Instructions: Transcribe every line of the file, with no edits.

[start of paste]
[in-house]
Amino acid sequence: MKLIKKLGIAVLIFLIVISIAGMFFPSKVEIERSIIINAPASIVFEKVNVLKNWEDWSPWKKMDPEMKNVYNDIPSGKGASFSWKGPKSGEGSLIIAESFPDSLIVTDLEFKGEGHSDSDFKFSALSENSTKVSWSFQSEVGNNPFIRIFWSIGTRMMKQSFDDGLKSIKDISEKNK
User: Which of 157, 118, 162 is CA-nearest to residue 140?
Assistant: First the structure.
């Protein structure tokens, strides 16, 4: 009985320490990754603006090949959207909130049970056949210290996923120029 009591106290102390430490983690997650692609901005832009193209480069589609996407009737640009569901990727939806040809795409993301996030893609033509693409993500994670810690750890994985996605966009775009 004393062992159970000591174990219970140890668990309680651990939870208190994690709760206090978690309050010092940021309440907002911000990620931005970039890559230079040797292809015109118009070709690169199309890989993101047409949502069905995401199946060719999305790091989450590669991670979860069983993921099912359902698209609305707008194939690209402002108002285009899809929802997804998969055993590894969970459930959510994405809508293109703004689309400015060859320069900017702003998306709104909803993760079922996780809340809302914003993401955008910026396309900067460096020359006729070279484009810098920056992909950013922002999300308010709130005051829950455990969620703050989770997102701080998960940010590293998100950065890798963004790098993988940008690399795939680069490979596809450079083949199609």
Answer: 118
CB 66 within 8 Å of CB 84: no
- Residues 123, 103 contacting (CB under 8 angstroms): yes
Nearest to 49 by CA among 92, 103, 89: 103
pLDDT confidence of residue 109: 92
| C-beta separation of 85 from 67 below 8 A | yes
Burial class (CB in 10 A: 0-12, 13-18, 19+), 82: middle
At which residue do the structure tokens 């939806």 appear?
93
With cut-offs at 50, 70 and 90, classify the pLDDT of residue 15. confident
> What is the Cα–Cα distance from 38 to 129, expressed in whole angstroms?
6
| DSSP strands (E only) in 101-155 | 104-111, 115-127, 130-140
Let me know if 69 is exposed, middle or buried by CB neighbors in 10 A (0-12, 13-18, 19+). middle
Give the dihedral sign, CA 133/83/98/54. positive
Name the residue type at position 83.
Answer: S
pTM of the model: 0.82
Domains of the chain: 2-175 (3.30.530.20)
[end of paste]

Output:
[in-house]
Amino acid sequence: MKLIKKLGIAVLIFLIVISIAGMFFPSKVEIERSIIINAPASIVFEKVNVLKNWEDWSPWKKMDPEMKNVYNDIPSGKGASFSWKGPKSGEGSLIIAESFPDSLIVTDLEFKGEGHSDSDFKFSALSENSTKVSWSFQSEVGNNPFIRIFWSIGTRMMKQSFDDGLKSIKDISEKNK
User: Which of 157, 118, 162 is CA-nearest to residue 140?
Assistant: First the structure.
């Protein structure tokens, strides 16, 4: 009985320490990754603006090949959207909130049970056949210290996923120029 009591106290102390430490983690997650692609901005832009193209480069589609996407009737640009569901990727939806040809795409993301996030893609033509693409993500994670810690750890994985996605966009775009 004393062992159970000591174990219970140890668990309680651990939870208190994690709760206090978690309050010092940021309440907002911000990620931005970039890559230079040797292809015109118009070709690169199309890989993101047409949502069905995401199946060719999305790091989450590669991670979860069983993921099912359902698209609305707008194939690209402002108002285009899809929802997804998969055993590894969970459930959510994405809508293109703004689309400015060859320069900017702003998306709104909803993760079922996780809340809302914003993401955008910026396309900067460096020359006729070279484009810098920056992909950013922002999300308010709130005051829950455990969620703050989770997102701080998960940010590293998100950065890798963004790098993988940008690399795939680069490979596809450079083949199609």
Answer: 118
CB 66 within 8 Å of CB 84: no
- Residues 123, 103 contacting (CB under 8 angstroms): yes
Nearest to 49 by CA among 92, 103, 89: 103
pLDDT confidence of residue 109: 92
| C-beta separation of 85 from 67 below 8 A | yes
Burial class (CB in 10 A: 0-12, 13-18, 19+), 82: middle
At which residue do the structure tokens 């939806």 appear?
93
With cut-offs at 50, 70 and 90, classify the pLDDT of residue 15. confident
> What is the Cα–Cα distance from 38 to 129, expressed in whole angstroms?
6
| DSSP strands (E only) in 101-155 | 104-111, 115-127, 130-140
Let me know if 69 is exposed, middle or buried by CB neighbors in 10 A (0-12, 13-18, 19+). middle
Give the dihedral sign, CA 133/83/98/54. positive
Name the residue type at position 83.
Answer: S
pTM of the model: 0.82
Domains of the chain: 2-175 (3.30.530.20)